We are the Chicken - Domestication By Koen Vanmechelen

By Kitty Jackson - Friday, April 17, 2020
We are the Chicken - Domestication By Koen Vanmechelen

Man is part of the great whole and does not stand above nature. That the human animal is exceptional, is merely an illusion. Like other animals, he is governed by biology and by the laws that govern other animals. Suddenly, within a few weeks, we have become the chicken that has to be kept indoors, cordoned-off, kept apart.

Image: Modified Spaces, Guangdong Museum of Art Guangzhou (CN), 2011 © Koen Vanmechelen

 

Man is part of the great whole and does not stand above nature. That the human animal is exceptional, is merely an illusion. Like other animals, he is governed by biology and by the laws that govern other animals. Suddenly, within a few weeks, we have become the chicken that has to be kept indoors, cordoned-off, kept apart.

 

Modified Spaces, Guangdong Museum of Art Guangzhou (CN), 2011 © Koen Vanmechelen

 

After repeatedly isolating or 'recovering' other infected species, we are now quarantining ourselves, the most domesticated species of all. This should not come as a surprise. So many canaries-in-the-coal-mine have passed in recent decades. So many chapters in the book of biocultural diversity have warned us this could happen. So many of my works told us that, effectively, we are the chicken.
 
Even though the warning lights were left ignored, what is happening now is not anybody's fault. It is history, the responsibility is collective. Reactions to this unprecedented crisis were not unpredictable. Some governments initially thought it would be better to expose their citizens to COVID-19. The so-called herd model was meant to develop group immunity. The more socio-cultural model, which we ultimately seem to fall back on and which has my preference, starts from domestication. In the wild, small groups and individuals only take care of their own selected few. Our choice for self-domestication means that we also have to take care of the other. It implies that we have to shift the curve by helping all people, every individual. In solidarity.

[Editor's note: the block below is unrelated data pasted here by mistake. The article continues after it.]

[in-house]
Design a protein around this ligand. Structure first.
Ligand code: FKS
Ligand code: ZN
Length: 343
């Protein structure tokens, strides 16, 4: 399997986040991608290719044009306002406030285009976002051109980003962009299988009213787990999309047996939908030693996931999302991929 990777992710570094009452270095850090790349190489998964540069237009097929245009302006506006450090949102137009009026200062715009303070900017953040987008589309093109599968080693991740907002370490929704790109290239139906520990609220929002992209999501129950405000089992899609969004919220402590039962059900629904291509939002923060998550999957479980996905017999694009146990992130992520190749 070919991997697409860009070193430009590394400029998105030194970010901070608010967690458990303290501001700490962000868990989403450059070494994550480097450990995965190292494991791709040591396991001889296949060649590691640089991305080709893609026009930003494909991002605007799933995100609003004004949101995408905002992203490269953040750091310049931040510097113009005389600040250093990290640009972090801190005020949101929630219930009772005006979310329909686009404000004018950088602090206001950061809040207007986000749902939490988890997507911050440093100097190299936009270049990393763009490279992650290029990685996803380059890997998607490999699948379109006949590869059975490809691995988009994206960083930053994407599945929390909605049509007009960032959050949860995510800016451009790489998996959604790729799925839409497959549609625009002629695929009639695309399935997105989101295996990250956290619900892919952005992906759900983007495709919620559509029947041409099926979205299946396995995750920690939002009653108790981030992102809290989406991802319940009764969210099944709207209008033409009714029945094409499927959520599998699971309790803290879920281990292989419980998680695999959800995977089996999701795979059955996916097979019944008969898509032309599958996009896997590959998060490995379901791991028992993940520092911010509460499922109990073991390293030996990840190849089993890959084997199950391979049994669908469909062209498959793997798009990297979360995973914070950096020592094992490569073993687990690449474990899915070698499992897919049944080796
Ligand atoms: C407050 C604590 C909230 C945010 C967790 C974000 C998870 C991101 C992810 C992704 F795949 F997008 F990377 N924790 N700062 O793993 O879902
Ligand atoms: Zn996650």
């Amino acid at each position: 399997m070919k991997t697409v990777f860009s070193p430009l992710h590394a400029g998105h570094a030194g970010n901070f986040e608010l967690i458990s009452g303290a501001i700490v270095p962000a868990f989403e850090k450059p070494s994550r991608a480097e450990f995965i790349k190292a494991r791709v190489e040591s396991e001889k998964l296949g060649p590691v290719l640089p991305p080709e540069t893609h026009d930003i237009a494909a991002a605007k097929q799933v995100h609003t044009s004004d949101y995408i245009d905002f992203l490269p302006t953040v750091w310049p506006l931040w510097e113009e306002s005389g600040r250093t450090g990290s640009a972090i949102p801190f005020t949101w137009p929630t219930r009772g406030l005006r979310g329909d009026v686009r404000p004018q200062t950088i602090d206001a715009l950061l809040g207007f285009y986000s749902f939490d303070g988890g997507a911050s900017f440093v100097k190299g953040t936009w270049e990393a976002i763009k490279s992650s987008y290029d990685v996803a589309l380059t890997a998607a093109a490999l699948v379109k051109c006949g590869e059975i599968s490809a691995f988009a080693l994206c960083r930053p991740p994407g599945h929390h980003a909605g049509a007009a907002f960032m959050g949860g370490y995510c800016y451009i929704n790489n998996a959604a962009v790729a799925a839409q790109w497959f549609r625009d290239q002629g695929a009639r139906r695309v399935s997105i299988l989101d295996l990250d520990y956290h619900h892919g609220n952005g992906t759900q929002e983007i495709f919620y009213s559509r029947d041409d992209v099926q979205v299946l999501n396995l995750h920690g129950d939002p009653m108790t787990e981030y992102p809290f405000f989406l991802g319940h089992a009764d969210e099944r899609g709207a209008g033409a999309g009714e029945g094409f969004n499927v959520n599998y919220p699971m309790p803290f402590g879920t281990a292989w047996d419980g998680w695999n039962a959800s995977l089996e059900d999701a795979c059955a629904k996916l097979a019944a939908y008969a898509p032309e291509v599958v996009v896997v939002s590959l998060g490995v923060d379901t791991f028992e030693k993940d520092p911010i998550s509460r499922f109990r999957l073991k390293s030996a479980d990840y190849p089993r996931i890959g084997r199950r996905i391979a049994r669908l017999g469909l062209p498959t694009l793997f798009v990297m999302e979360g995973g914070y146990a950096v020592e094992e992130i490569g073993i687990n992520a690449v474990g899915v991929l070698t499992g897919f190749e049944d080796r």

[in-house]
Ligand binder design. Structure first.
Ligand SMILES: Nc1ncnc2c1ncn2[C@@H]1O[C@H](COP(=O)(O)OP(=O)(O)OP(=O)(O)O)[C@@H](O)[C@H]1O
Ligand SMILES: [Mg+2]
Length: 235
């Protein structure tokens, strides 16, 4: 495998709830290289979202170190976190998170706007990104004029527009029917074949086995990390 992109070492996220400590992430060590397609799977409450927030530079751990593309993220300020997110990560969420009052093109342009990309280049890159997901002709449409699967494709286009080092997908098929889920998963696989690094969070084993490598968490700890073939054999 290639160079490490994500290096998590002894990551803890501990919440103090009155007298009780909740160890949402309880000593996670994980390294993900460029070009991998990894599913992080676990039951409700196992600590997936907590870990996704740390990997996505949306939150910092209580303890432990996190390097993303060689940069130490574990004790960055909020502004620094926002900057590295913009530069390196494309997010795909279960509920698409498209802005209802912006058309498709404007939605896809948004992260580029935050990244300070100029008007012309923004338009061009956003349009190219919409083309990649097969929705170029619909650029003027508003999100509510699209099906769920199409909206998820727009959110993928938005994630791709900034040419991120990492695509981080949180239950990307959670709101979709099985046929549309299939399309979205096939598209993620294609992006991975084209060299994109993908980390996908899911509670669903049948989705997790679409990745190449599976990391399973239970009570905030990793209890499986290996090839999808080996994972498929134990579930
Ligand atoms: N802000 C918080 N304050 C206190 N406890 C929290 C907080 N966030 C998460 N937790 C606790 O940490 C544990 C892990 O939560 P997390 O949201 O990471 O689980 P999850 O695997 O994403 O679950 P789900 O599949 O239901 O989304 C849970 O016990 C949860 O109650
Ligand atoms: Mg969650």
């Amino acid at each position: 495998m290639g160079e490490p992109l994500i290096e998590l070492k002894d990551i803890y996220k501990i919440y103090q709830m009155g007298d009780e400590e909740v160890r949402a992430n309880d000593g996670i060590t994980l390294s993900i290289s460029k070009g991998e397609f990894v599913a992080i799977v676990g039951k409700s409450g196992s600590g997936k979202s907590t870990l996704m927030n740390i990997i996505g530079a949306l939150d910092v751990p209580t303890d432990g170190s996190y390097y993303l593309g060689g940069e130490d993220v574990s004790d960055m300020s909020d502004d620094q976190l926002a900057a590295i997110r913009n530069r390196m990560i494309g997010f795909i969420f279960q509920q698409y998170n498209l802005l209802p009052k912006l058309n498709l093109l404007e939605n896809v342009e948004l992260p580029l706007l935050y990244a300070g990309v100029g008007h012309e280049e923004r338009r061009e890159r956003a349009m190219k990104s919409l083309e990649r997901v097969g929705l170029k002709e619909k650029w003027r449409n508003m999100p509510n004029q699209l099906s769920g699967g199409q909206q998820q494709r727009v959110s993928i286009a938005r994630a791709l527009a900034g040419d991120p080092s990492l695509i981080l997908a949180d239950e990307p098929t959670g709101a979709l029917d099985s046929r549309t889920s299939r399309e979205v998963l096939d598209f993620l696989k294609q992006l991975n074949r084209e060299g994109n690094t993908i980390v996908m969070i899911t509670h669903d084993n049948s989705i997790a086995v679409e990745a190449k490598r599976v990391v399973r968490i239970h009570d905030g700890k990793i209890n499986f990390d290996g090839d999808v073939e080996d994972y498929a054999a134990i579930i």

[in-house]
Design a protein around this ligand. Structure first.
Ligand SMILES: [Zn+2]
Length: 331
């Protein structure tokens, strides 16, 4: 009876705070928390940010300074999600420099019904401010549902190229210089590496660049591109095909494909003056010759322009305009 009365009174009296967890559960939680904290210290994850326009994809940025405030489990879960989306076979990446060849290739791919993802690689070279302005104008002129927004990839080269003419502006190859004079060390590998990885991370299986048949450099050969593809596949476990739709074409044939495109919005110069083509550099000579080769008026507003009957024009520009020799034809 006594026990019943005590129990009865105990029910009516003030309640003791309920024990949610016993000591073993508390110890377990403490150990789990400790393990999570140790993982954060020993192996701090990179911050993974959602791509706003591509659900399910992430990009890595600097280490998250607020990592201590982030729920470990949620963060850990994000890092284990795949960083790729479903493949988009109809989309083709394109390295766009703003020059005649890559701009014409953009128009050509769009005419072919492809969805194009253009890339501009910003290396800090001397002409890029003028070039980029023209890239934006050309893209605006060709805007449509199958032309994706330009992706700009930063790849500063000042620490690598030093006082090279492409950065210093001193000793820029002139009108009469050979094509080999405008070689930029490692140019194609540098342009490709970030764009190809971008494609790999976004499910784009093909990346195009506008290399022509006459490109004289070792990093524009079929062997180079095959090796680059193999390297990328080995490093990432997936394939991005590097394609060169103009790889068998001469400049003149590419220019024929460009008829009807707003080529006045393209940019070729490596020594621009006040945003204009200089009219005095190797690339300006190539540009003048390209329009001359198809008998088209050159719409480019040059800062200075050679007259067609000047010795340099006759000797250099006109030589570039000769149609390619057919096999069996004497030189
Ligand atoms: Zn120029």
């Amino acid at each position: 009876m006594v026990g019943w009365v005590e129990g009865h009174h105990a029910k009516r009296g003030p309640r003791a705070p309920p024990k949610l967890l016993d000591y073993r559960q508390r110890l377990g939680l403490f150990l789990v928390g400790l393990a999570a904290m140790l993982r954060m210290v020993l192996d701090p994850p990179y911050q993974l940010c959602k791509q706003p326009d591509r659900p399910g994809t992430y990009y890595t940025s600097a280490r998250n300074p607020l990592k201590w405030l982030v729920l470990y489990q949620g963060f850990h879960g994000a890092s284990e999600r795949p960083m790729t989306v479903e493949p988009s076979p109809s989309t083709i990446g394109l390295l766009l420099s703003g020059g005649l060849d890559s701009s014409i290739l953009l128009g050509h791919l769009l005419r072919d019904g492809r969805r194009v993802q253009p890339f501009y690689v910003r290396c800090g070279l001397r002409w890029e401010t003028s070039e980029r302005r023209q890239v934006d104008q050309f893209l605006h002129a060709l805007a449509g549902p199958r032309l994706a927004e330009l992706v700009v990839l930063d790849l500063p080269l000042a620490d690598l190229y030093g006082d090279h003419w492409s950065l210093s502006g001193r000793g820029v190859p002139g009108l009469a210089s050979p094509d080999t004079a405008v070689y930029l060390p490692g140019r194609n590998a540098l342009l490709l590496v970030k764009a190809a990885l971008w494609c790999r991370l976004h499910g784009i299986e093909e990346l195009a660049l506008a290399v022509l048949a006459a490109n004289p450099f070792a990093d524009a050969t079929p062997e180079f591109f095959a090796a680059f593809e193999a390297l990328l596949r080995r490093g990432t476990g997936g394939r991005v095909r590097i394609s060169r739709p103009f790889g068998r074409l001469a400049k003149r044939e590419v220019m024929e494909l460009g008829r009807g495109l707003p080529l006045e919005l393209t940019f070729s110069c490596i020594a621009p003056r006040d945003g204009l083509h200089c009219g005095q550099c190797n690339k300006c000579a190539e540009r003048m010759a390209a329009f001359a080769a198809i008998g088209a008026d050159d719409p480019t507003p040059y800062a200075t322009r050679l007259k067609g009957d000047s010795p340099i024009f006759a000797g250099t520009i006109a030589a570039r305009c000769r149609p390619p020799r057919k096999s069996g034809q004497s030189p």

Modified Spaces, Guangdong Museum of Art Guangzhou (CN), 2011 © Koen Vanmechelen

 

Nature is basic and may or may not regulate when things get out of hand. Her tools, viruses, are amoral, and their future is unpredictable. Ultimately, these viruses want to live in symbiosis, so that they too can survive. This pandemic can hold powerful lessons for the entire world. Can we learn how important it is for a society to invest in the future prosperity and in health care, also when everything seems to be going well. Or more forcefully even: how important that investment is for the entire world community, and for the planet as a whole. Can we learn to realize the danger of uniformity and monoculture, and understand the importance of diversity, the need for mental and physical space. Can we also learn how important it is to take science seriously. Science signals to us how dangerous the world can be and how ecosystems really work. We think we are the predators, but ultimately, we are also the prey.

 


 Modified Spaces, Guangdong Museum of Art Guangzhou (CN), 2011 © Koen Vanmechelen

 

I am happy that the foundations of our society have been cemented in solidarity. I have learned the value of this for a long time when my wife became terminally ill, and I am more than grateful for that. Investing month after month in the ‘other’, someone you don't know, that for me, is the highest form of humanity. I am convinced that this thought will also help us survive this crisis. Thank you for being here.

Koen Vanmechelen

March 25, 2020

 

 

 

Kitty Jackson has worked as an arts journalist and writer for more than 10 years. She began her career as an Editorial Assistant at WhatsOnStage.com before moving to IdeasTap to become Assistant Editor. After four years Kitty moved towards digital content and began working with leading PR firm PHA Media, helping them to establish a digital department before moving to iProspect, where she was embedded within the digital content team creating content for leading brands including The Body Shop, Thomas Cook and British Gas. Kitty is now excited to return to the world of arts journalism at ArtDependence.

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